I know I’m extremely late to the party but I just blazed through both seasons of Fleabag. Don’t know how I missed it. I just can’t get over how truly incredible and original it is. Brilliantly creative liberties taken and whipsmart in it’s execution. Oh how I wish I could have seen the original theatrical production this show evolved from. Phoebe Waller Bridge is such a wildly brilliant writer and note perfect performer. And what a terrific cast across the board, with special effusive praise for Olivia Colman and Andrew Scott (I don’t think I’ve ever seen either of them put in a bad performance in anything). Probably preaching to the choir here, but if you were foolish enough to miss it like me, then don’t delay and watch it. I can’t say enough good things about it. It’s a work of genius.
Creativity comes in so many forms, and this week introduced me to a beautiful new one in the shape of “Jelle’s Marble Runs“. As an avid viewer of Last Week Tonight with John Oliver, I was doubly pleased it made me aware of this totally compelling YouTube channel, dedicated to racing marbles on homemade tracks. Dry, silly commentary, coupled with absurd back stories & adoring marble fans, makes this a truly bonkers but brilliant slice of creativity. In the absence of actual sports, this might just be the only must-watch thing around. Not joking – it’s really fun, and a very welcome diversion.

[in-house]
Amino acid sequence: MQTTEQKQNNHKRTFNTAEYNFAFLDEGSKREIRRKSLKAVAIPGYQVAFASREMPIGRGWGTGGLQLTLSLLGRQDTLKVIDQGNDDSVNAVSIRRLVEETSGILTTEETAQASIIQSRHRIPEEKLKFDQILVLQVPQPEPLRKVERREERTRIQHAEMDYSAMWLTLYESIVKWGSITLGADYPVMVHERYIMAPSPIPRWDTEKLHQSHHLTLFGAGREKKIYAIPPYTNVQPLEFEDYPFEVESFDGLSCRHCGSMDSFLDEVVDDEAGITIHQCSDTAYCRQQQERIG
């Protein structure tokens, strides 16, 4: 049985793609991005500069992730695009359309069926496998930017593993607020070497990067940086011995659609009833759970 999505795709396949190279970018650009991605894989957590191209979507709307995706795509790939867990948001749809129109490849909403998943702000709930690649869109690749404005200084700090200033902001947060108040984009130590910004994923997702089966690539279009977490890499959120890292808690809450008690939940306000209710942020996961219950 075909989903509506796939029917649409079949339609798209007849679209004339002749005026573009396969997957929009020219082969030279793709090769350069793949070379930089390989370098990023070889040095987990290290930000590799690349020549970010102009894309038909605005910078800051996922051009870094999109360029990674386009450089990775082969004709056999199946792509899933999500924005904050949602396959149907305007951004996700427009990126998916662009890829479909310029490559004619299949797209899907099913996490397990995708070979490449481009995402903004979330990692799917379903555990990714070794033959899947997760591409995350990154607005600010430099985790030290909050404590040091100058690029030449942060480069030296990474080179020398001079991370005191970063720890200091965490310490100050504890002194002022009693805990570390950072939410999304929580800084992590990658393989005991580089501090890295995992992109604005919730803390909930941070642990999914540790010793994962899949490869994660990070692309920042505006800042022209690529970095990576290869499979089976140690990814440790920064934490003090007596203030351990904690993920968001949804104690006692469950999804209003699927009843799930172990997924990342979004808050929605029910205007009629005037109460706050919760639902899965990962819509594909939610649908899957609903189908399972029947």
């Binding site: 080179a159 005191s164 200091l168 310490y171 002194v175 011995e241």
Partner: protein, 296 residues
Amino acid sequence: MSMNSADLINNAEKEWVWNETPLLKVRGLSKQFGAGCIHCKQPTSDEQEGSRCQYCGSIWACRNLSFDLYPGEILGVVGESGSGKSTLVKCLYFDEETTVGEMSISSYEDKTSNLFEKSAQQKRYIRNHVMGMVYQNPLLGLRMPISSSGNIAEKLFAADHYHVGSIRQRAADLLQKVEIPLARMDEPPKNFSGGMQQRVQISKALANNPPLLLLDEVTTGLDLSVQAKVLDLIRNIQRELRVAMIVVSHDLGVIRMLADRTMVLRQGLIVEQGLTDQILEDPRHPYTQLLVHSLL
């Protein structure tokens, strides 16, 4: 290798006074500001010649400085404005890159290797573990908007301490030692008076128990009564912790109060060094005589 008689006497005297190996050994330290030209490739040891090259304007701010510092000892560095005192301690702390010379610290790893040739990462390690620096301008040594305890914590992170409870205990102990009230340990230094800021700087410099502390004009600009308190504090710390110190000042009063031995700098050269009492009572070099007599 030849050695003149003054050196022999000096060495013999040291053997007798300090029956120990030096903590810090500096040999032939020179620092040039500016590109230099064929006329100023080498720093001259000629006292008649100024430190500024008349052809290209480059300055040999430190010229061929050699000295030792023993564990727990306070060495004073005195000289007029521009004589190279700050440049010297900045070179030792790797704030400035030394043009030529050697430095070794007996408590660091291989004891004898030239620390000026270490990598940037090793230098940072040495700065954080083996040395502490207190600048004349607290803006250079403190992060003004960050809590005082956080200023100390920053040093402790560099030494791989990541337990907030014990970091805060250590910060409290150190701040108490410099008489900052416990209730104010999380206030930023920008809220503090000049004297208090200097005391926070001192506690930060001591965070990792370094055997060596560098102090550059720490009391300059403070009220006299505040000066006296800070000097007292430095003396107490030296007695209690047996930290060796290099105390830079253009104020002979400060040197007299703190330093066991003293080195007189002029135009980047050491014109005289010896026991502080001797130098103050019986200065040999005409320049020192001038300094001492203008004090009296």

Update: “Last Week Tonight with John Oliver” is now an official sponsor of Jelle’s Marble Runs
A few weeks ago, my friend Gary Dunne, who curates an incredible artistic slate for the London Irish Centre asked me to contribute a poem to their online season. Gary and the staff of the LIC do incredible work for the Irish community in London and they have been very good to me down the years – they hosted the London premiere of Three Men Talking About Things They Kinda Know About, and I have also showcased sketches with The Brownbread Players there too. It’s always a warm, giving audience that finds a connection through a shared tribe in a generous welcoming environment. So I was honoured to be asked, and frankly, I was happy to have a creative project to focus on in the rare moments I had to myself during this uncertain time.
The theme was HOPE which really spoke to me, and the image of a paper cup delicately dancing on a wave is one that has been with me for decades, but never found a proper home in a piece of writing. As soon as I sat down to write the poem I knew that this was where it had been drifting towards all along. It came together relatively quickly (thank goodness because time is a rare commodity these days) and it allowed me to marry it to a piece of music I wrote many moons ago that had also never found a creative home (unsurprisingly, the music was also written around the same time the image of the cup first washed into my brain). I also knew that the focus should be on the words but have a strong simple visual to guide it, so I went down to the sea by my home to film the waves but they just weren’t right. I resigned myself to using what I had and then serendipitously my friend Jim posted a short video that day on Facebook of the Irish Sea, that connects this island of Ireland to the UK, and I simply knew that it was the perfect accompaniment. Jim graciously allowed me to use it, and I lent my rudimentary video editing skills to piece it together. The end result feels ever so slightly imperfect but absolutely right, and I am immensely proud of it.